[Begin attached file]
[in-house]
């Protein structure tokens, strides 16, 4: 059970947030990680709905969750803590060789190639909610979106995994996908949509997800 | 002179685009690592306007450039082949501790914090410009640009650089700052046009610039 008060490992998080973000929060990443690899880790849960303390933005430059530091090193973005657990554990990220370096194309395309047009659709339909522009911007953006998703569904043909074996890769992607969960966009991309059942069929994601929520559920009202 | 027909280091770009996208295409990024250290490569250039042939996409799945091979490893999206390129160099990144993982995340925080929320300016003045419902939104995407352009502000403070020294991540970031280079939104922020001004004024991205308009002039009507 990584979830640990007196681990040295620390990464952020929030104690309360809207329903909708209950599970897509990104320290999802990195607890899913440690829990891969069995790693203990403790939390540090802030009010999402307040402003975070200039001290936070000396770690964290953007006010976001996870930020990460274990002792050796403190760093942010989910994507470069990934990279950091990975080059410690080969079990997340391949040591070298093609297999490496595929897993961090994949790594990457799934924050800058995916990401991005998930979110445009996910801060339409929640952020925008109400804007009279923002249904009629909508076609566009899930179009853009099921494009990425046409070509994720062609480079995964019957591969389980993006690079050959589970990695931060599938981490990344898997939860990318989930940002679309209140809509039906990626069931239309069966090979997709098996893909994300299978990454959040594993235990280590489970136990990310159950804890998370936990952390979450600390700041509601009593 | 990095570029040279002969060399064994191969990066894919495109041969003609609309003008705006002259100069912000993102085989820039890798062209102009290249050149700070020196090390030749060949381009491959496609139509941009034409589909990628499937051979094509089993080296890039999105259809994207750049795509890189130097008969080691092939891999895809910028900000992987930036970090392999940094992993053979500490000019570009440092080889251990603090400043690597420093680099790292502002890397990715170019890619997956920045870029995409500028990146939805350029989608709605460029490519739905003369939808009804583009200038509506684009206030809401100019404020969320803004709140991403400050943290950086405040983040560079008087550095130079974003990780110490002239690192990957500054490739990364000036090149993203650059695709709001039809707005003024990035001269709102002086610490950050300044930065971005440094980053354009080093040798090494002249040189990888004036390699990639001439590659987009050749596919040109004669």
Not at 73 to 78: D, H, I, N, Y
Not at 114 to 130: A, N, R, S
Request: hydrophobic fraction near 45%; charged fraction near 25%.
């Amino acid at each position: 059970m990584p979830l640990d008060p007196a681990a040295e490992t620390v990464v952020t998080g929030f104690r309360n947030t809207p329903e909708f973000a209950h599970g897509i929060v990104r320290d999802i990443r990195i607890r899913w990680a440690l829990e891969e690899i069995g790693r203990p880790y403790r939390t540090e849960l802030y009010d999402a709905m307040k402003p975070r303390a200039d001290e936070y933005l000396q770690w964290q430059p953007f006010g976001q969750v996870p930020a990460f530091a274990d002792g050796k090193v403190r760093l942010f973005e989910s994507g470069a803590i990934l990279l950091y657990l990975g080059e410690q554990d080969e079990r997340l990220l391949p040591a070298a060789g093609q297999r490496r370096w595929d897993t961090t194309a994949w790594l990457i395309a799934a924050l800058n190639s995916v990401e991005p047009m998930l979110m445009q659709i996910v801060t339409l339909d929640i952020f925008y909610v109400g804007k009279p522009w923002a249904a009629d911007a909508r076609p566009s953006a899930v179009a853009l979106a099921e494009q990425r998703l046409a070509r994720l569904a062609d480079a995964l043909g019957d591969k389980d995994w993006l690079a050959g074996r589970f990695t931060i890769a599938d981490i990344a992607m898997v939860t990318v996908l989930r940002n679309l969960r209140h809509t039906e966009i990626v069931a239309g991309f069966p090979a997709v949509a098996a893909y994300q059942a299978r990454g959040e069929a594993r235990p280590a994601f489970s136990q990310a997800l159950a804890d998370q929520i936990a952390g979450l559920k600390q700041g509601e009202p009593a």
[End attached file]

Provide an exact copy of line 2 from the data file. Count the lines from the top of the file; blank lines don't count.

């Protein structure tokens, strides 16, 4: 059970947030990680709905969750803590060789190639909610979106995994996908949509997800 | 002179685009690592306007450039082949501790914090410009640009650089700052046009610039 008060490992998080973000929060990443690899880790849960303390933005430059530091090193973005657990554990990220370096194309395309047009659709339909522009911007953006998703569904043909074996890769992607969960966009991309059942069929994601929520559920009202 | 027909280091770009996208295409990024250290490569250039042939996409799945091979490893999206390129160099990144993982995340925080929320300016003045419902939104995407352009502000403070020294991540970031280079939104922020001004004024991205308009002039009507 990584979830640990007196681990040295620390990464952020929030104690309360809207329903909708209950599970897509990104320290999802990195607890899913440690829990891969069995790693203990403790939390540090802030009010999402307040402003975070200039001290936070000396770690964290953007006010976001996870930020990460274990002792050796403190760093942010989910994507470069990934990279950091990975080059410690080969079990997340391949040591070298093609297999490496595929897993961090994949790594990457799934924050800058995916990401991005998930979110445009996910801060339409929640952020925008109400804007009279923002249904009629909508076609566009899930179009853009099921494009990425046409070509994720062609480079995964019957591969389980993006690079050959589970990695931060599938981490990344898997939860990318989930940002679309209140809509039906990626069931239309069966090979997709098996893909994300299978990454959040594993235990280590489970136990990310159950804890998370936990952390979450600390700041509601009593 | 990095570029040279002969060399064994191969990066894919495109041969003609609309003008705006002259100069912000993102085989820039890798062209102009290249050149700070020196090390030749060949381009491959496609139509941009034409589909990628499937051979094509089993080296890039999105259809994207750049795509890189130097008969080691092939891999895809910028900000992987930036970090392999940094992993053979500490000019570009440092080889251990603090400043690597420093680099790292502002890397990715170019890619997956920045870029995409500028990146939805350029989608709605460029490519739905003369939808009804583009200038509506684009206030809401100019404020969320803004709140991403400050943290950086405040983040560079008087550095130079974003990780110490002239690192990957500054490739990364000036090149993203650059695709709001039809707005003024990035001269709102002086610490950050300044930065971005440094980053354009080093040798090494002249040189990888004036390699990639001439590659987009050749596919040109004669």